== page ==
subjects were free from any existing musculoskeletal disorders, history of injury
Resistance-Training RT Program
The RT protocol consisted of 25 exercises targeting each of the major muscle groups.
all subjects performed the same exercises and similar repetition volume throughout the duration of the study.
The external load was adjusted for each exercise as needed on successive sets to ensure that subjects achieved failure in the target repetition range.
The RT protocol for both groups consisted of 5 weekly sessions performed on consecutive days (Monday–Friday) for 8 weeks.
Subjects performed 3 sets per exercise for a total of 15 sets per session. Each set involved 10–12 maximum repetitions 8 (RM) with 60 seconds of rest between sets and 120 seconds between exercises
* All sets were performed to the point of momentary concentric muscular failure and defined as the inability to perform another concentric repetition while maintaining proper technique.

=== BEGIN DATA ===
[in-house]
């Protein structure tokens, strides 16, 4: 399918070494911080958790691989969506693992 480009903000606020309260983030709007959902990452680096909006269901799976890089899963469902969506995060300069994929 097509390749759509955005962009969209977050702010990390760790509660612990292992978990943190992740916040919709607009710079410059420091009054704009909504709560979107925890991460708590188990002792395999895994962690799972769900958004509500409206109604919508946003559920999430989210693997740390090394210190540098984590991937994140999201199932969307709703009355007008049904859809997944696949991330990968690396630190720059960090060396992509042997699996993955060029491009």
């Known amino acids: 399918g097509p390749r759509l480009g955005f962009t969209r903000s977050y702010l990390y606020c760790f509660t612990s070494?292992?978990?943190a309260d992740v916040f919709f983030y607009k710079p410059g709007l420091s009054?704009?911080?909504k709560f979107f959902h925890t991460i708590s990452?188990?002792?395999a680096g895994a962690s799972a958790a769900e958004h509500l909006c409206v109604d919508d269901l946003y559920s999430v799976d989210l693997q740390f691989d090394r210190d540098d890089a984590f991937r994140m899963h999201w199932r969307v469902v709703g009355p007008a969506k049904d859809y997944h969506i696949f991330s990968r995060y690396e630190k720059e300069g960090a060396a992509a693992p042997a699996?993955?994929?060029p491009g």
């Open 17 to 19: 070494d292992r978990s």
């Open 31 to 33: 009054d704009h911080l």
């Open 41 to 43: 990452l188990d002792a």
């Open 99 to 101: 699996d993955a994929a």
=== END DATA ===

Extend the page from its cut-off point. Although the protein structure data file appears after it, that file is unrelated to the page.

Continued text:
All routines were directly supervised by research assistants to ensure proper performance and technique of the respective routines.
Adherence to the program was 100% for both groups.
Estimate of Food Intake
In short, they made sure to control for dietary intake.
Subjects were advised to maintain their customary nutritional regimen and to avoid taking any supplements during the study period.
This section re-iterates the points from above and heavily describes the form and technique for the lifts. Mentions they did a 5min warm up beforehand, that they didn't exhaust themselves the day before the lifts, how failure and 1rm was measured. That they achieved 1rm without injury. They even recorded foot and hand placement to have consistency session to session.
The sequence of maximum strength tests was 1RMBENCH, 1RMSQUAT, and 1RMROW with a 20-minute rest period separating tests.
Muscle Thickness MT
Ultrasound imaging was used to obtain measurements of MT.
In an effort to help ensure that swelling in the muscles from training did not obscure results, images were obtained 48–72 hours before commencement of the study and after the final training session. This is consistent with research showing that an acute increase in muscle thickness returns to baseline within 48 hours after an RT session (21).